Power Analysis has a New Look

Source: Verification Horizons

Power continues to be a primary concern for handheld and smart devices, with their high resolution screens that require long battery life, as well as for wall-plugged equipment in datacenters and network configurations, for which the cost of operation is a key market factor. While FinFET process technology reduces static leakage, dynamic power remains a challenge.

However, a new usage model for handheld and smart devices is driving a methodology shift in the way power is analyzed. Complex system-on-chip (SoC) designs are now verified using live applications that require booting the operating system and running software applications on an emulator. In this verification model, it is more effective to use the power switching activity plot, which is generated during emulation, to pass real-time switching activity information to power analysis tools where potential power issues can be evaluated.

When designs with significant software content are run on an emulator, the existing method of generating activity data creates waveform viewer files (like FSDB) that are too large for power analysis tools to handle in any practical manner. Generating an activity plot of a 100 million gate design for 75 million design clock cycles typically takes a week or more.

To accommodate the emerging new verification model, tools like Mentor’s Veloce Power Application replace the file-based power analysis flow with dynamic-read waveform API integration to power analysis tools.  This dynamic-read waveform API approach captures the information from the power switching activity plot and transfers that data to power analysis tools. All operations run in tandem, from emulating the SoC, to capturing the switching data, to the reading of the switching data by the power analysis tool, to the generation of the power numbers. This new power analysis process enables accurate power calculation at the system level, better power exploration at the register-transfer level (RTL) for power budgeting and tradeoffs, as well as more accurate power analysis and sign-off at the gate level.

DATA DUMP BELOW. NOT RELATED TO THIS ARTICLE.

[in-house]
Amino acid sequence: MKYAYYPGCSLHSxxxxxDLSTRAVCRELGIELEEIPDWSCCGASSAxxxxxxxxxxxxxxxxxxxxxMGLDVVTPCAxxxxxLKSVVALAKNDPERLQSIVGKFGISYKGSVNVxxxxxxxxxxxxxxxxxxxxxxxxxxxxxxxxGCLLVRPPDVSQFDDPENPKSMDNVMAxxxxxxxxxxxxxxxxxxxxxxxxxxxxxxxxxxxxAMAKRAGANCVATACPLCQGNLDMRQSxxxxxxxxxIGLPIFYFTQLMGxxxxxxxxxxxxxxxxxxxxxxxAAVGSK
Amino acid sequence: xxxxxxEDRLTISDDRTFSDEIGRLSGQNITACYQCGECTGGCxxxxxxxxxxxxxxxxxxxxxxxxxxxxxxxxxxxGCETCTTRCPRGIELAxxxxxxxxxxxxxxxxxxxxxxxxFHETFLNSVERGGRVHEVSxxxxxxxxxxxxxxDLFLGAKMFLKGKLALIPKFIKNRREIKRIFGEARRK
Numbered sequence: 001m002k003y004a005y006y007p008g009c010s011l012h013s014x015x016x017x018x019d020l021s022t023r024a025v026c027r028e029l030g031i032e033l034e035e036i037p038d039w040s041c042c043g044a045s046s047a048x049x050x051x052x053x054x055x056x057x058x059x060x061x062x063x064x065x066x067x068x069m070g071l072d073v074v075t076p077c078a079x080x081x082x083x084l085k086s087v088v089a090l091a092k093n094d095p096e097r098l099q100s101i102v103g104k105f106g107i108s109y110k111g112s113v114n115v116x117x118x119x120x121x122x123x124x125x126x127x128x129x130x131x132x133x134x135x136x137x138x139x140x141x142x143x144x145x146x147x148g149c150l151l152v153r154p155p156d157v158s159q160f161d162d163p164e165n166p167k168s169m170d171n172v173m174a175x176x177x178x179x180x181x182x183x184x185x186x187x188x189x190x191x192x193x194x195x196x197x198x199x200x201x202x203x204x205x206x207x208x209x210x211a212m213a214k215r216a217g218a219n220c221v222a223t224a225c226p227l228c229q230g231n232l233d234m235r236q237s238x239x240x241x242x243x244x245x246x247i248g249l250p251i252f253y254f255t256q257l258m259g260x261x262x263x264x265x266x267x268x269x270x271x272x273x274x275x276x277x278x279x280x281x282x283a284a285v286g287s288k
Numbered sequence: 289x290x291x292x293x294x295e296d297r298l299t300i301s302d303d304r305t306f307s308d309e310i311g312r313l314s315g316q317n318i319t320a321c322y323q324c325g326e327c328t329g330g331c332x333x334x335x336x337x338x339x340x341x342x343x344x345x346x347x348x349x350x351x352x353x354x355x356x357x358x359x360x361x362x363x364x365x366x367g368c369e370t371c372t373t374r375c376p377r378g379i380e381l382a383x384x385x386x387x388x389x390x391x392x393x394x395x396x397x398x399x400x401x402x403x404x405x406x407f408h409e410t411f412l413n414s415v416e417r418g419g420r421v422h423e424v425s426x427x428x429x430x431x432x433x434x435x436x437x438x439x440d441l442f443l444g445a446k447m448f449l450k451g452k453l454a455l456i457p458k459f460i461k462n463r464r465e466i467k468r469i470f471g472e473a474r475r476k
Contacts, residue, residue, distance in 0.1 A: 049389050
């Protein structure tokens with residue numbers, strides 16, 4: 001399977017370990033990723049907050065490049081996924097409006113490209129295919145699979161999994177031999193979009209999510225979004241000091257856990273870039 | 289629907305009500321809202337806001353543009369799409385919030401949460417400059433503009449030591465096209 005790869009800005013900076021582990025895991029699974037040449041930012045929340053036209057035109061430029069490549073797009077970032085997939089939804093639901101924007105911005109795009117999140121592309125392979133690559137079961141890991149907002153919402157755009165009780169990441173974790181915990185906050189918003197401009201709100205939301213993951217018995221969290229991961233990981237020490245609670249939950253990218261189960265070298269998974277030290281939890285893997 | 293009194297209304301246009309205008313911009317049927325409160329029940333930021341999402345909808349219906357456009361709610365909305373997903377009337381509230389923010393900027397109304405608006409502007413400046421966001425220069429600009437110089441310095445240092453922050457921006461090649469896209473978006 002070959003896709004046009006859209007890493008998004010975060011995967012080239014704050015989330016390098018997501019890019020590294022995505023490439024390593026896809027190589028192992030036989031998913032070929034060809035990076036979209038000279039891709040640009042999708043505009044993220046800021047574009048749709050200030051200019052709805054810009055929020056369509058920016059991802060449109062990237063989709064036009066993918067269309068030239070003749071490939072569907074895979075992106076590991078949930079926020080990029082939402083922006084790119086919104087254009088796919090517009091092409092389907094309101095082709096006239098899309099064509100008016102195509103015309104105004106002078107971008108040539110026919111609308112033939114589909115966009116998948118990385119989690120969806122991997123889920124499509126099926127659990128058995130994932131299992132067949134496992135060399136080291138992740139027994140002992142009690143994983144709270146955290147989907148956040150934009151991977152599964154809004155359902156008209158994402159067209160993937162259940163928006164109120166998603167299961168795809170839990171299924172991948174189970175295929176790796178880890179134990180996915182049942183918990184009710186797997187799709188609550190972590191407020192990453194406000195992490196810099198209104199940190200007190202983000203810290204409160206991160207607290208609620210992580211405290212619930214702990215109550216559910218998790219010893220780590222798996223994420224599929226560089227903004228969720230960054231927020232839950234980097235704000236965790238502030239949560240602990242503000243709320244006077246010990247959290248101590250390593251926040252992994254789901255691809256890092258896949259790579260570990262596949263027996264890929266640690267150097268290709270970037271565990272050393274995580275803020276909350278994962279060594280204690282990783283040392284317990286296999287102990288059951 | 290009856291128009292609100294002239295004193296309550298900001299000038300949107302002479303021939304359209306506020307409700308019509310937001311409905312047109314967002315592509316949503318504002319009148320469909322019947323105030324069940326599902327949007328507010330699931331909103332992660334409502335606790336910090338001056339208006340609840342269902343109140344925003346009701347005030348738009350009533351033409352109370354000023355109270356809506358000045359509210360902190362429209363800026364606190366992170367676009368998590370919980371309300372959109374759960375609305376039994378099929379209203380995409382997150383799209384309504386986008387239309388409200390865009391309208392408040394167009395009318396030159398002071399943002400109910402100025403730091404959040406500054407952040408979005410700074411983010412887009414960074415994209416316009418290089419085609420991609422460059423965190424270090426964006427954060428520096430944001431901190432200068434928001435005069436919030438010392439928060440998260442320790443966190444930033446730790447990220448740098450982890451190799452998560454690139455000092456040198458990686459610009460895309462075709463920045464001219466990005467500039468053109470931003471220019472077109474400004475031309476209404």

With this new approach, the typical process of running the emulator, creating the file, reading the file into the power analysis tool, and then running the power analysis tool is now reduced to the emulator and power analysis runtimes. Design teams no longer have giant files to deal with, which means no more wasted space, and no more lost days in file creation and file loading. In turn, that means design and verification teams can start RTL power exploration very early in the design cycle. They can perform power tradeoffs and architectural adjustments further upstream than ever before, and then continue to use the same process after RTL is synthesized into a gate-level representation. At the gate level, they can attain more accurate power measurements and perform additional fine tuning before tapeout, and then finish with power signoff in a targeted application environment.

This new approach provides a fast, clean, and highly effective method to quickly and thoroughly estimate power consumption of a modern SoC design. The efficiency of capturing real power consumption during emulation and passing that information to power analysis tools provides significant improvements in power analysis runtime and performance that can help ensure designs achieve their power and performance goals in a reasonable time.